Thursday, February 02, 2006
Thu Feb 02, 2006 at 08:58:01 AM PDTI've seen some strange things in my life, but I cannot describe the feeling I had, sitting on the House floor during Tuesday's State of the Union speech, listening to the President assert that his executive power is, basically, absolute, and watching several members of Congress stand up and cheer him on. It was surreal and disrespectful to our system of government and to the oath that as elected officials we have all sworn to uphold. Cheering? Clapping? Applause? All for violating the law?
The President and his administration continue their spin and media blitz in attempts to defend the fact that they broke, and continue to break, the law. Their weak and shifting justifications for doing so continue. The latest from the President seems to be that basically the FISA law, passed in 1978, is out of date. His decision that he can apparently disregard "old law" fits the pattern with the President and his administration. He's decided to disregard a statute (FISA) and the Constitution (the 4th Amendment) by continuing to wiretap Americans' phone calls and emails without the required warrant, while at the same time claiming powers of the presidency that do not exist. (Perhaps he feels the Constitution is too "old," as well.) This administration reacts to any questions about spying on American citizens by saying that those of us who stand up for our rights and freedoms are somehow living in a "pre-September 11th, 2001 world."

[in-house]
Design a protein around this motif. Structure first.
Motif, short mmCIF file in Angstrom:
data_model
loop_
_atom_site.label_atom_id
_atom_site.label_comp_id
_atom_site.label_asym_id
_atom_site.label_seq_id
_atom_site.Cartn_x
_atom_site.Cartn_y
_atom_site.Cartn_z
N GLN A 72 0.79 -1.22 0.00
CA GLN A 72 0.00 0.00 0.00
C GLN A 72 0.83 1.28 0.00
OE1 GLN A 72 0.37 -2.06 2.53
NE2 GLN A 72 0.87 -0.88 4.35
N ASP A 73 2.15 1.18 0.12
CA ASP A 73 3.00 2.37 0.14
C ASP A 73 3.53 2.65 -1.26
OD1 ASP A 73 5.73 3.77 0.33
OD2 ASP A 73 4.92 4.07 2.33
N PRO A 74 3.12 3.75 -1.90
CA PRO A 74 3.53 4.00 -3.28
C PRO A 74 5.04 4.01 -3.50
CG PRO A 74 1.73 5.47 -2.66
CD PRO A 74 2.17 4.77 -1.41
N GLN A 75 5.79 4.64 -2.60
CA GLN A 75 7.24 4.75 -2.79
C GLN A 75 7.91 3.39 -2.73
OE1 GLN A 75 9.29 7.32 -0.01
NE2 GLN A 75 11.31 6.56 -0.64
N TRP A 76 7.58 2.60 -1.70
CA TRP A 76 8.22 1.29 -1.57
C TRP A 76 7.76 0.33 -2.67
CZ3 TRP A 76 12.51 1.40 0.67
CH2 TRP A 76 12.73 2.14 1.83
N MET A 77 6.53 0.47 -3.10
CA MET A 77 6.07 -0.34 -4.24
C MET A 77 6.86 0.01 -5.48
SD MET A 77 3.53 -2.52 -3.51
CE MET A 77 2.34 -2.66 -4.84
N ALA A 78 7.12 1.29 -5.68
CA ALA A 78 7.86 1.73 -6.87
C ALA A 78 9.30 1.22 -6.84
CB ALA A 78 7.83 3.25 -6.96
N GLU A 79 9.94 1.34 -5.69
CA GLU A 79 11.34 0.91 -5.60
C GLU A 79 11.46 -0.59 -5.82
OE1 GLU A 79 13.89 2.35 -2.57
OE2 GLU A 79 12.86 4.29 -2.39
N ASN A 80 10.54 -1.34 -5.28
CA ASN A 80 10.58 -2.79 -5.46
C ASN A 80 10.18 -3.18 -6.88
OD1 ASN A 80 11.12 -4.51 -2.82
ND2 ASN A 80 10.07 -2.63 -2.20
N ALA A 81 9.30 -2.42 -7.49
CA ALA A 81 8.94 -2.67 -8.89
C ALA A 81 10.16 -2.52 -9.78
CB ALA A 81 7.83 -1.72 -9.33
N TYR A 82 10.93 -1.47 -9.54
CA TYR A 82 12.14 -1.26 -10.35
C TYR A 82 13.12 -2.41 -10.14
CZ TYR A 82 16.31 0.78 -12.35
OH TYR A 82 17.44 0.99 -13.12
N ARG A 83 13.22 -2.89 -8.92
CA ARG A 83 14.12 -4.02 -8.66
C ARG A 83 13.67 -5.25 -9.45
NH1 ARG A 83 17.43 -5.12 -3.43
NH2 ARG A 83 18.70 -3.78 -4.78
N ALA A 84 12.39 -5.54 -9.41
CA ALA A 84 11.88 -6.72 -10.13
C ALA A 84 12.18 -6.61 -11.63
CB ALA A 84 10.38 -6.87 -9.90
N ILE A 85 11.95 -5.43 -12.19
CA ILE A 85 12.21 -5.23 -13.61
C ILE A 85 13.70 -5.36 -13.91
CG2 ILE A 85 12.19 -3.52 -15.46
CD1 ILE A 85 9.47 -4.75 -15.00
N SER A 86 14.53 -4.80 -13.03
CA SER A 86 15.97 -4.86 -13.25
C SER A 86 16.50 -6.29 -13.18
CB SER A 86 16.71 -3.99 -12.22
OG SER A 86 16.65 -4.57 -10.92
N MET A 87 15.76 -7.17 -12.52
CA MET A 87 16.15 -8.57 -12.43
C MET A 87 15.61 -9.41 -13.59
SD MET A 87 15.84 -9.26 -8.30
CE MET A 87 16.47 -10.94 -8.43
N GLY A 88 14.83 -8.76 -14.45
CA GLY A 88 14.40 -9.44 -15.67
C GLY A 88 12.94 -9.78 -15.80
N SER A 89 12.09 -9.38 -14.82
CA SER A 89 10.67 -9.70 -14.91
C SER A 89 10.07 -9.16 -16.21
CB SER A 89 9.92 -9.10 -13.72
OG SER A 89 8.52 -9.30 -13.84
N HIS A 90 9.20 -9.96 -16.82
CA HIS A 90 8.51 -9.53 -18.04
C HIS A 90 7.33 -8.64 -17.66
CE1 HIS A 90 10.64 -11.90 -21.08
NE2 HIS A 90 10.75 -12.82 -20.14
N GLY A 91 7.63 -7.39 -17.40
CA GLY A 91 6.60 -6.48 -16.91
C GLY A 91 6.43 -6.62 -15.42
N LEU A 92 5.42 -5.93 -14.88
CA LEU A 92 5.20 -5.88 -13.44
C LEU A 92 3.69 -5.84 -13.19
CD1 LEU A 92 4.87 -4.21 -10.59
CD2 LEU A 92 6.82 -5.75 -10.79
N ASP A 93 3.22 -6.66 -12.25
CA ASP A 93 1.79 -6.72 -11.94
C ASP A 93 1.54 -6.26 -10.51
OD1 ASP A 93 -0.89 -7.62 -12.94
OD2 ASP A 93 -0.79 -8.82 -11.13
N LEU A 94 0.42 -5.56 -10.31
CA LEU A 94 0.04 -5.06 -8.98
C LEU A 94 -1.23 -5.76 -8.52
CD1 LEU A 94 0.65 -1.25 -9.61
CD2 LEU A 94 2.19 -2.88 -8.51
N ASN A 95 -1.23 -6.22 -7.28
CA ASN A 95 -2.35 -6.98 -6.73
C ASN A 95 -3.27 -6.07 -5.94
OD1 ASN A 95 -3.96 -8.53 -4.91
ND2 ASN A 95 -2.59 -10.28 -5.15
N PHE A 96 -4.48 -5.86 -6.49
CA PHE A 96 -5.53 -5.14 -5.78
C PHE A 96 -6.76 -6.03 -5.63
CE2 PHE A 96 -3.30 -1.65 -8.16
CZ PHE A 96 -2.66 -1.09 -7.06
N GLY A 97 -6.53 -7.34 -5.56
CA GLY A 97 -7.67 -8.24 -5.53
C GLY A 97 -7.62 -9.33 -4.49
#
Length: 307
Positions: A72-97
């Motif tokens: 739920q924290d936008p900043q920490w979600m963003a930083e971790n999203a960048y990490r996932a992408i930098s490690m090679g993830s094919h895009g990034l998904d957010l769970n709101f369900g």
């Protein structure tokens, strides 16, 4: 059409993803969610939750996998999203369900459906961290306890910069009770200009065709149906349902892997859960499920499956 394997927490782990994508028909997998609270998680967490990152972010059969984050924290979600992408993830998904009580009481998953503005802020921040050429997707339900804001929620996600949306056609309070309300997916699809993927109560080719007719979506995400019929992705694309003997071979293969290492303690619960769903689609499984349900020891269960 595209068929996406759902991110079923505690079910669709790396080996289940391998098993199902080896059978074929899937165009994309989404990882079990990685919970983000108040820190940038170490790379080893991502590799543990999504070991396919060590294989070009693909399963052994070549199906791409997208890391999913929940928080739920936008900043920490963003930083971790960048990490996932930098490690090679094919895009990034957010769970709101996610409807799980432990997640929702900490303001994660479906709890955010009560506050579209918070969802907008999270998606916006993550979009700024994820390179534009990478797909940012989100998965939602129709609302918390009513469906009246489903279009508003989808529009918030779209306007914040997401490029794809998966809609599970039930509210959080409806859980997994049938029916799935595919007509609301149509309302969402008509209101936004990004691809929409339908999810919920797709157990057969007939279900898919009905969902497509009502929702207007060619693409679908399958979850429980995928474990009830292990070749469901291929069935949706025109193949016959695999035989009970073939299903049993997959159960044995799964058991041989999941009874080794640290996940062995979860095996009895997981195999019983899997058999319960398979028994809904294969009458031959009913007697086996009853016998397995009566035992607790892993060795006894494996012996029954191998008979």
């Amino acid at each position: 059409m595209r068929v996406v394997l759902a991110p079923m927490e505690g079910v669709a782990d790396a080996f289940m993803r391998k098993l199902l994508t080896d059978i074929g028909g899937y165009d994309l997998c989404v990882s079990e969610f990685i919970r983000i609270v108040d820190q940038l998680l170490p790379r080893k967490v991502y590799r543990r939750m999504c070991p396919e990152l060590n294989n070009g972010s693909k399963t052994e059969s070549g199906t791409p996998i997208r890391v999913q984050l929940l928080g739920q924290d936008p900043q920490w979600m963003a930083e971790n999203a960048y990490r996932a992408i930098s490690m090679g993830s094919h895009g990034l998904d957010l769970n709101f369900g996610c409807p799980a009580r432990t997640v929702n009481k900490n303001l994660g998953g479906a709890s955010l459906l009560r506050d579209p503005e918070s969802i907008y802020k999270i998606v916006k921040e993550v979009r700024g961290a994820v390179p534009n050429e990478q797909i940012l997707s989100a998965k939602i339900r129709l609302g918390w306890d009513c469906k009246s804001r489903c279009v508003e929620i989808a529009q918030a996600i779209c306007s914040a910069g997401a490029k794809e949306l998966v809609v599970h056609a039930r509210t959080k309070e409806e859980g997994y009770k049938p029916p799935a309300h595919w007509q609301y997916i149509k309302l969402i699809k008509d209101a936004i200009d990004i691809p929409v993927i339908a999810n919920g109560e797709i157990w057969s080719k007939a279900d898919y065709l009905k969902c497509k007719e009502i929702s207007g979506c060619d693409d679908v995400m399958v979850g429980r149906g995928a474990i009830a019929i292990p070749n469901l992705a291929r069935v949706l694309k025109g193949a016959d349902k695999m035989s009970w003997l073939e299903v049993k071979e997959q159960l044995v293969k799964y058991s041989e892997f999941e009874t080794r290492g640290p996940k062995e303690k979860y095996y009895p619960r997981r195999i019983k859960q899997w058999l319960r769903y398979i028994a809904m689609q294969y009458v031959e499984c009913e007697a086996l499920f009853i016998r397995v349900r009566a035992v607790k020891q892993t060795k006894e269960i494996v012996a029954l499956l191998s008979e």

In fact, the President is living in a pre-1776 world.
Our Founders lived in dangerous times, and they risked everything for freedom. Patrick Henry said, "Give me liberty or give me death." The President's pre-1776 mentality is hurting America and fracturing the foundation on which our country has stood for 230 years. The President can't just bypass two branches of government, and obey only those laws he wants to obey. Deciding unilaterally which of our freedoms still apply in the fight against terrorism is unacceptable and needs to be stopped immediately.
Many of you saw this week's story in the Washington Post on the exchange Attorney General Alberto Gonzales and I had during his confirmation hearing in January of last year. Mr. Gonzales misled me and the Senate Judiciary Committee under oath about whether the President could spy on Americans without a warrant. (Many of you blogged about it when the story first broke and I thank you for getting the word out.) That exchange is extremely telling about the depths to which this administration will go to grab power. I look forward to a little more honesty from the Attorney General when he testifies about the spying program before the Judiciary Committee on Monday.
I don't have to tell you how important this issue is. It gets to the core of what we as a country are all about. We all agree that we must defeat the terrorists who threaten the safety and security of our families and loved ones. Why does this President feel we must sacrifice our freedoms to fight terrorism? This is a gut check moment for members of Congress. Do we sacrifice our liberty? Do we bow to those who try to use security issues for political gain? Do we stand and applaud when the President places himself above the law? Or, do we say enough?
Stop the power grab, stop the politics, stop breaking the law.
It's time to stand up - not to cheer, but to fight back.